by Rox Burkey

I simply love chatting with authors. I am thrilled to share my discussion with Caleb Pirtle III. Caleb is an award-winning author of more than eighty books. I know you don’t want to miss this discussion and share it with your friends.

Caleb, since you prefer the past, how about sharing some of your illustrious background.

Award-winning Author Caleb Pirtle III

I knew from the time I could spell a word with more than three letters that I wanted to be a writer. I grew up on a farm, and my earliest memories were sitting on someone’s front porch at night, listening to one person, then the other, tell stories. In East Texas, that was simply known as carrying on a conversation. I wanted to tell stories. I wanted to write them.

I majored in journalism, worked small-town newspapers like the Mount Pleasant Times and a large newspaper like the Fort Worth Star-Telegram. I spent a lot of time on the Police Beat, which is why I write mysteries. I wrote so many feature stories on Texas that Governor John Connally hired me to promote travel in the state when he established the Texas Tourist Development Agency. I moved on to become the first travel editor for Southern Living Magazine in Birmingham, Alabama, then returned to Texas and worked as editorial director for a custom publisher in Dallas for the next twenty-five years. When I retired, I began writing fiction, as well as creative nonfiction, and produced screenplays with my writing partner in Los Angeles for CBS television and TNT.

I truly enjoy having you visit. Your work as a newspaper reporter and travel editor opened doors most of us don’t realize exist. Your college years started your award-winning, is there a specific award you were most proud to receive?

When I was a senior at The University of Texas, I was sent to the Lower Rio Grande Valley to interview the parents of Nick Rowe, the first American soldier captured in Vietnam. We didn’t know we had soldiers in Vietnam. Most of us had never heard of Vietnam.

When I arrived at the Rowe home, the yard was filled with reporters from every major newspaper in the United States, including the New York Times and Washington Post. Network TV reporters and cameramen occupied every single inch of ground. Nick Rowe’s parents refused to meet with any of them, but they agreed to let me come in for an interview because Linda was with me. Mr. Rowe said she looked like Jacqueline Kennedy.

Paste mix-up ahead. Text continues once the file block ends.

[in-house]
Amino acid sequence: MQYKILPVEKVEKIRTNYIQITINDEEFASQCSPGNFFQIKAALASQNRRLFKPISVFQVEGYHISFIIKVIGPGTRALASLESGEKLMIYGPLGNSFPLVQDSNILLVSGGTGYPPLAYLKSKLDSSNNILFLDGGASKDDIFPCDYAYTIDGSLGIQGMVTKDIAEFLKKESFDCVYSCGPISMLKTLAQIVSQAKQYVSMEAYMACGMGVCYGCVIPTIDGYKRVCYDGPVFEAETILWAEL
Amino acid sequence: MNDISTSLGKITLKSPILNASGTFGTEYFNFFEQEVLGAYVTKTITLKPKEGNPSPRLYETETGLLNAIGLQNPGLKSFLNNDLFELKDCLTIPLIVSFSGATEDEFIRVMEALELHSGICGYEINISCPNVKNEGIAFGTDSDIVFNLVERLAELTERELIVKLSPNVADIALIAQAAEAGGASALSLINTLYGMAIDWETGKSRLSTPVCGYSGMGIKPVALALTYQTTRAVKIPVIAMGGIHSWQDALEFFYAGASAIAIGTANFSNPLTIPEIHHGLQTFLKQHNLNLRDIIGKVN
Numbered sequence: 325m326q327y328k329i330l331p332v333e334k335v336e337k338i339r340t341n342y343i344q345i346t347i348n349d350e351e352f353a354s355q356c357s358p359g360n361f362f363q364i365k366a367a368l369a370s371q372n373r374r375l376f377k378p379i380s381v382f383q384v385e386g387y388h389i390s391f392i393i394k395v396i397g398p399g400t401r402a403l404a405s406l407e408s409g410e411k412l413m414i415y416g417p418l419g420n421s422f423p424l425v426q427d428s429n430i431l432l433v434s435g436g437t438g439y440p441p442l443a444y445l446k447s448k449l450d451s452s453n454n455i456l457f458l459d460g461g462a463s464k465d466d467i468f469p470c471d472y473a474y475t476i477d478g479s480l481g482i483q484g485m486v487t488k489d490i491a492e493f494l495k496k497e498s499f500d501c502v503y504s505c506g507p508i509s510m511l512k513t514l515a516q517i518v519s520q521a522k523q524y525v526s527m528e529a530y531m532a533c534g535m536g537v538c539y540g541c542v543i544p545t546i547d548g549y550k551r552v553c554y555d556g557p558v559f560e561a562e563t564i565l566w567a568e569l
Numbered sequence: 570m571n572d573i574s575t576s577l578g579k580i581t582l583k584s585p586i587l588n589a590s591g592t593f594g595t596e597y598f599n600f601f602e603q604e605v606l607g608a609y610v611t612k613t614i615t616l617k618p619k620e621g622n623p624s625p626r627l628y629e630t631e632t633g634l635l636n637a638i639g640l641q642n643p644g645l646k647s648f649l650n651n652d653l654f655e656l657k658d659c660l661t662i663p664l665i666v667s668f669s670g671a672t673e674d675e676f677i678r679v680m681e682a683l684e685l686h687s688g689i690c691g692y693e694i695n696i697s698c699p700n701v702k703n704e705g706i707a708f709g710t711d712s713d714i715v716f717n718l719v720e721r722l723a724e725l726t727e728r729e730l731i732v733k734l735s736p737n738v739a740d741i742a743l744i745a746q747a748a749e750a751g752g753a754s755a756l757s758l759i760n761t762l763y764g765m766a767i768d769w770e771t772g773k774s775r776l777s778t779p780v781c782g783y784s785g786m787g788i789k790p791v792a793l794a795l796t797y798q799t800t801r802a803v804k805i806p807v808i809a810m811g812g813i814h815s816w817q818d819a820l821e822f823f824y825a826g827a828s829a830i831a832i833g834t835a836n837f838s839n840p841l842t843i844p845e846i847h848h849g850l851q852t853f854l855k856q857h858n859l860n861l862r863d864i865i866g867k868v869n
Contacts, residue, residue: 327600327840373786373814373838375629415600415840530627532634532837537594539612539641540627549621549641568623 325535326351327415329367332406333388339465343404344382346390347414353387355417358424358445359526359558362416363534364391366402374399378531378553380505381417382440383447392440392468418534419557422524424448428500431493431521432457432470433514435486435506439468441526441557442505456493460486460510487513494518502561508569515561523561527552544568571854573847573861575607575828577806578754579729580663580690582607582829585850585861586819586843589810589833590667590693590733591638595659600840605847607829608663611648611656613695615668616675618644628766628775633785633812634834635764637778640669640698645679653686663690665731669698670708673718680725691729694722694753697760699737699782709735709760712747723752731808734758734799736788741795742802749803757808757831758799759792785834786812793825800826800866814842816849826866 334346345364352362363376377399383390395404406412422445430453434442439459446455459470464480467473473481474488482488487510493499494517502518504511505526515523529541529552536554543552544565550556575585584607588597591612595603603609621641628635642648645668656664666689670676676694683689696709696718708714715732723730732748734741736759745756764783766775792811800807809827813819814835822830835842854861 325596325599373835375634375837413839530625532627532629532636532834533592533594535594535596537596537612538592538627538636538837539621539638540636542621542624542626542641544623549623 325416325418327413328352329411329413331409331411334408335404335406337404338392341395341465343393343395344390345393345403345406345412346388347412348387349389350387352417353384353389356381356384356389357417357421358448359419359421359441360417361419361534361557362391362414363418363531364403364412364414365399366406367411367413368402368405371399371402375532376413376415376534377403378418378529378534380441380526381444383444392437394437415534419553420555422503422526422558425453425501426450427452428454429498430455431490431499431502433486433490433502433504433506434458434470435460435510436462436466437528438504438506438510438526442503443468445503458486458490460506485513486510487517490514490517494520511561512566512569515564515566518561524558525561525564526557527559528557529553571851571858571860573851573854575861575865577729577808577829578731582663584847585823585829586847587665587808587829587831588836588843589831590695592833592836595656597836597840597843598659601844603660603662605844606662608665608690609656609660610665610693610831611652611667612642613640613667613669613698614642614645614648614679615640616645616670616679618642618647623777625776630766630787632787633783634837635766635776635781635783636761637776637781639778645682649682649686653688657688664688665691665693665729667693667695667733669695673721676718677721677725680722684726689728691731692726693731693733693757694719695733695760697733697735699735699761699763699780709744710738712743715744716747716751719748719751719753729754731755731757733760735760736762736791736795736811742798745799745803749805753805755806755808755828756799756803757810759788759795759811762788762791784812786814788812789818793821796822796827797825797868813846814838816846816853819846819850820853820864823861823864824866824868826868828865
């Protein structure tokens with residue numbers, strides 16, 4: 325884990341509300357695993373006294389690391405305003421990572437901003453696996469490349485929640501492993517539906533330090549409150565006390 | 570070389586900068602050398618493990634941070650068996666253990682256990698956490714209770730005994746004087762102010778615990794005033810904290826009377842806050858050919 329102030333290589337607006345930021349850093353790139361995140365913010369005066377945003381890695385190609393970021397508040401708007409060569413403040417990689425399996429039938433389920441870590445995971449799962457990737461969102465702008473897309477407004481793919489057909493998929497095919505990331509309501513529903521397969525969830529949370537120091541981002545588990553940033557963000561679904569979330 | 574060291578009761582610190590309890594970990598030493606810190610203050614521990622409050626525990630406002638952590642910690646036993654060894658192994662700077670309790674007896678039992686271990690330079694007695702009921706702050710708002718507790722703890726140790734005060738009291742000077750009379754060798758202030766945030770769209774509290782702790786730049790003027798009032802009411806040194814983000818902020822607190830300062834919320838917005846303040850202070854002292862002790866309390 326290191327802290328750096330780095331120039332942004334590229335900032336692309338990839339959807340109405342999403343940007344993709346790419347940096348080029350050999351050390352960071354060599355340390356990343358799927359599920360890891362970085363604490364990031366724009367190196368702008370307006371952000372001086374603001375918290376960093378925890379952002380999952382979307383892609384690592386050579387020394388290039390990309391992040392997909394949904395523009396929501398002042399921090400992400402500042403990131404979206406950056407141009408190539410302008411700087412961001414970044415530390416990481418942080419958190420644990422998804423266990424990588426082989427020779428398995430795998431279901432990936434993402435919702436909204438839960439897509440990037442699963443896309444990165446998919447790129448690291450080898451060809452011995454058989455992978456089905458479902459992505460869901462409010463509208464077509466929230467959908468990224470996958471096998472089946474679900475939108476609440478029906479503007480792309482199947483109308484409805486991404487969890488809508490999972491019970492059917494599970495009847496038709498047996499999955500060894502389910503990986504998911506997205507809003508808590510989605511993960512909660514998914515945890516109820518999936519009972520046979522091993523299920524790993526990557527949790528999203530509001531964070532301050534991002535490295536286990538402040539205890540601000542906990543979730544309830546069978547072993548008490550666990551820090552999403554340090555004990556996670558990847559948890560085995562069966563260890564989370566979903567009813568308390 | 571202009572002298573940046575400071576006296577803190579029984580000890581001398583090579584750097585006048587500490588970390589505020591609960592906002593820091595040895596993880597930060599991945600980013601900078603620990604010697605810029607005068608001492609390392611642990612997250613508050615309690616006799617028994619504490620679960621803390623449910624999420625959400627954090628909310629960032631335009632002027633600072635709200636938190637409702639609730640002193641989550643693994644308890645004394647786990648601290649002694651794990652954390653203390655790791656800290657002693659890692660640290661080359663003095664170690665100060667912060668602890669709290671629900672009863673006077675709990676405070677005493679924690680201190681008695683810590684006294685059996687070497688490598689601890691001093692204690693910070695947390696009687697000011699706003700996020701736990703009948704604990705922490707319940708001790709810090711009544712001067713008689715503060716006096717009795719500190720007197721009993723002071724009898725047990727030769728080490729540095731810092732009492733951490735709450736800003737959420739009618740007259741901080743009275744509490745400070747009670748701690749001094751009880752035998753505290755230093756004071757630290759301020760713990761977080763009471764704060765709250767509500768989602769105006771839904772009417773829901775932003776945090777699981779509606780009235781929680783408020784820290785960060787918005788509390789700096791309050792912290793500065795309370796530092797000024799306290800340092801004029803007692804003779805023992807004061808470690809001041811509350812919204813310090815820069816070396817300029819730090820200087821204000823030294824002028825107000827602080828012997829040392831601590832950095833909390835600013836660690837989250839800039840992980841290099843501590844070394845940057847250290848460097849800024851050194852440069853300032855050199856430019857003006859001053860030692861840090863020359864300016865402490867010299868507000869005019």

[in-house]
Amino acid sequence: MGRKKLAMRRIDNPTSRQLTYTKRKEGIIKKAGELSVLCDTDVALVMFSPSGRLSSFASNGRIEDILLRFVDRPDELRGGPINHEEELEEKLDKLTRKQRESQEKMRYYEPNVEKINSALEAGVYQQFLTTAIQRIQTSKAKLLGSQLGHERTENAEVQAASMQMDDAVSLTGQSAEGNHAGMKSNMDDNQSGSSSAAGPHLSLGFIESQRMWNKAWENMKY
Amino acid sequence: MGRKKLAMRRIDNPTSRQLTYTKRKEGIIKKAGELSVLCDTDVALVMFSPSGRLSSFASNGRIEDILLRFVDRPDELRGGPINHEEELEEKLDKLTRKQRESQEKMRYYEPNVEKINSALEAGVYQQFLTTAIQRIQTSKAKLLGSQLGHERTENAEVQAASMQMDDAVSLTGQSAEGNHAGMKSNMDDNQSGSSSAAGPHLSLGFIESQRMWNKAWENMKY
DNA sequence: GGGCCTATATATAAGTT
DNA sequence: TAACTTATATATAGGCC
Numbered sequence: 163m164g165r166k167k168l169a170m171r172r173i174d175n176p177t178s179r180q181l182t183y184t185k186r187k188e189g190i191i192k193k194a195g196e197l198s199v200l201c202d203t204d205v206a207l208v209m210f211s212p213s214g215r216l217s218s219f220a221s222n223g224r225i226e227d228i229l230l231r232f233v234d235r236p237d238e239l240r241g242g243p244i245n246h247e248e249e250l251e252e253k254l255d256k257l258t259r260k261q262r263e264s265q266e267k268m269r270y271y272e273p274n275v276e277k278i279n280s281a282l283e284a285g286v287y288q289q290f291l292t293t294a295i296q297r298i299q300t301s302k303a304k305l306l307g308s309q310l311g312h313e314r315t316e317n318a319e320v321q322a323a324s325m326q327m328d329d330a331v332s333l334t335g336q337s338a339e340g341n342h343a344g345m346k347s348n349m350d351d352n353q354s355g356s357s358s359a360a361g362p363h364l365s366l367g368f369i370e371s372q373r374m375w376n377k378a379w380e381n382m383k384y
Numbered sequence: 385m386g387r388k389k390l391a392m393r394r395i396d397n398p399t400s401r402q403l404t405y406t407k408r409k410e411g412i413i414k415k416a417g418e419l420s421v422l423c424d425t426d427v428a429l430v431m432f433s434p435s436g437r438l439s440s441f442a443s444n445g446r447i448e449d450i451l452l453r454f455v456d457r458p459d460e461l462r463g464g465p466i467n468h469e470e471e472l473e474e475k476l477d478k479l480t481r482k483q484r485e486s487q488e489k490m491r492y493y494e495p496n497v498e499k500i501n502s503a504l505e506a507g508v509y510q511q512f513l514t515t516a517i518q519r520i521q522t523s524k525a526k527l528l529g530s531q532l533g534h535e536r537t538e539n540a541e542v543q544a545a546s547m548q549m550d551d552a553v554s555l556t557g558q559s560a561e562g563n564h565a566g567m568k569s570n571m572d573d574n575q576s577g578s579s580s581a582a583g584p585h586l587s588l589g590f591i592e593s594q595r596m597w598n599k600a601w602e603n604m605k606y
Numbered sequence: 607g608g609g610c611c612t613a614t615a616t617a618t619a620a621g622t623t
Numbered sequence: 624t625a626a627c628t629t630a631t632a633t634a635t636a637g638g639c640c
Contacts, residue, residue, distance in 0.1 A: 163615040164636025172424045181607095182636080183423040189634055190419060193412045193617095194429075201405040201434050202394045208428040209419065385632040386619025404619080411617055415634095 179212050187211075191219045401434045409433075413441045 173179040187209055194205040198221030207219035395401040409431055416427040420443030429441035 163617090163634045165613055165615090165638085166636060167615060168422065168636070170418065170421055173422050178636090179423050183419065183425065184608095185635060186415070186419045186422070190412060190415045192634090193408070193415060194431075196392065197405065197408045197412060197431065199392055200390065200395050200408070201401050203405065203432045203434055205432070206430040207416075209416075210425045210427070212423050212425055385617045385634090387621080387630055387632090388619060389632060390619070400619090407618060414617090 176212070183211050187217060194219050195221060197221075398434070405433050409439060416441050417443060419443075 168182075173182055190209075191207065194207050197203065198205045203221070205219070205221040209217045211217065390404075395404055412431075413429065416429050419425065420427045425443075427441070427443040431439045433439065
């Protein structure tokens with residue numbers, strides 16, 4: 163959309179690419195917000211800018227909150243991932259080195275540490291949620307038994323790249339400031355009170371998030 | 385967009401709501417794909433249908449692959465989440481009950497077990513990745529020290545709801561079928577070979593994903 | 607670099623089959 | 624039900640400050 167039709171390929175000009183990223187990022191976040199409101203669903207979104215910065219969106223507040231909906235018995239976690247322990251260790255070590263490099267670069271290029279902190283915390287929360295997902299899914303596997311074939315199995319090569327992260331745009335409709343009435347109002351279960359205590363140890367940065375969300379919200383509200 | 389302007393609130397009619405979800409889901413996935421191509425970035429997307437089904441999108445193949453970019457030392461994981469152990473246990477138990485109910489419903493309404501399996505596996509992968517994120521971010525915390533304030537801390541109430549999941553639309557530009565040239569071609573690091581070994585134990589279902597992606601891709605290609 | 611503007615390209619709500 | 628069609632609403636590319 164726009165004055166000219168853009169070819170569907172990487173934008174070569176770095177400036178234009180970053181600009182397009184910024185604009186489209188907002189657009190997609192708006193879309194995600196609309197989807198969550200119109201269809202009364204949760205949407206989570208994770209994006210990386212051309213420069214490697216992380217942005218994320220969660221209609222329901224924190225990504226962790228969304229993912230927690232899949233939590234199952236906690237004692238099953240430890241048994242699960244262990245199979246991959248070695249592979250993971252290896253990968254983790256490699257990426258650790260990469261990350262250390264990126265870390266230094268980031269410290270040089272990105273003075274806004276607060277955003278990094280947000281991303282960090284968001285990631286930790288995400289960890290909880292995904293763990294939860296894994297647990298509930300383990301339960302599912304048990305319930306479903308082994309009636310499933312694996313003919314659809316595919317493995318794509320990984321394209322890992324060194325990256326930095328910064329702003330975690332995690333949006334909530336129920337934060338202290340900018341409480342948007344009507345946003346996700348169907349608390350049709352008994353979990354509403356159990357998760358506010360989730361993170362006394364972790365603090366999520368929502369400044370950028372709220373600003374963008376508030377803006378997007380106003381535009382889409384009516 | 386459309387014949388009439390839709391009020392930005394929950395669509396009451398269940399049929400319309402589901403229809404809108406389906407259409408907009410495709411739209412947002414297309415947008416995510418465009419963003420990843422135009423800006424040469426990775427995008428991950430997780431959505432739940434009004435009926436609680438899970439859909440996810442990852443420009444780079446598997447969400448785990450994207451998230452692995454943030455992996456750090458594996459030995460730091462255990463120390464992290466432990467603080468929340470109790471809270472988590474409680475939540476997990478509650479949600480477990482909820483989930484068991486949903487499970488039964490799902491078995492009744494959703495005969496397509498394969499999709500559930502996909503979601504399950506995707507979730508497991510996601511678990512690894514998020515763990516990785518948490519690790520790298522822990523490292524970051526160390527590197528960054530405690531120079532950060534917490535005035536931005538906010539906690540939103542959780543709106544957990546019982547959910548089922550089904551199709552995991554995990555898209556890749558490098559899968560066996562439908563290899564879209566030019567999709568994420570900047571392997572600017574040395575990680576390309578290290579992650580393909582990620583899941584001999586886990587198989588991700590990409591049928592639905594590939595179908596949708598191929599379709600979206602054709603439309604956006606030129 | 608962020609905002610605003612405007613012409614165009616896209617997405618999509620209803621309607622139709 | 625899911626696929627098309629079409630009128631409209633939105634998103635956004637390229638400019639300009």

My feature story filled up the entire page of the Daily Texan, and I became the first student at the university to win the National Randolph Hearst Award for feature writing. That award meant the most. It told me that if I worked hard enough, I might have a chance to make a career in the writing game.

I know most of your stories take place in a short time period. Why is this important to your storytelling?

I think I am influenced by my newspaper days. Most of the major stories I covered took place within a short time frame. As a result, my historical thrillers and mysteries usually take place within three or four days, hardly ever longer than a week. Stories are all about characters, and I believe a short time period allows me to better squeeze the emotions out of the characters if I don’t give them a week or a month or a year or two to relax and escape the tension they feel when they are smothered by whatever heinous event they witness or experience. Hopefully, I can capture a reader’s emotions and keep them immersed with the grief or the fear or the suspense of the moment. I am afraid if I ever give them the chance to breathe, I may lose them.

Caleb, I know you are an excellent writer, heaven knows you’ve had enough practice, but your storytelling skills are honed to fine point. What was your process for this ongoing excellence?

I believe in my characters. I don’t write the stories. They do. I whisper a basic plot to them, then duck and get out of the way. In reality, I sit down and write a first sentence, then see where the characters take me. I follow along and write down what they do and say. Usually, I write the first paragraph and the last paragraph of a book at the same time. If I know where I am and where I’m going, I can get there. It’s like a map.

However, I always have to write a new last paragraph because the old one no longer makes any sense. And that means I have to go back and re-write the first sentence because my characters didn’t follow the map. In Lost Side of an Orphan’s Moon, for example, I was so excited when I suddenly reached page 256. That was the first time I knew who killed the fancy dancer and why.

I thorough enjoyed your 3rd book in The Boom Town Saga. I posted my review on this site if readers wish to take a look .

Your fictional works often focus on Texas locations and events. Is there a reason you choose these?

I know Texas. I know its people. I know its traditions. I can feel the blood pulsing through its veins. I spent so many years writing about small-town Texas that I know its secrets, and everyone in town has some. Go down to the local coffee shop at five in the morning when the farmers and ranchers go in and by ten o’clock you know every scandal in town. You don’t have to read the newspaper. You know who did what to whom and why they did it.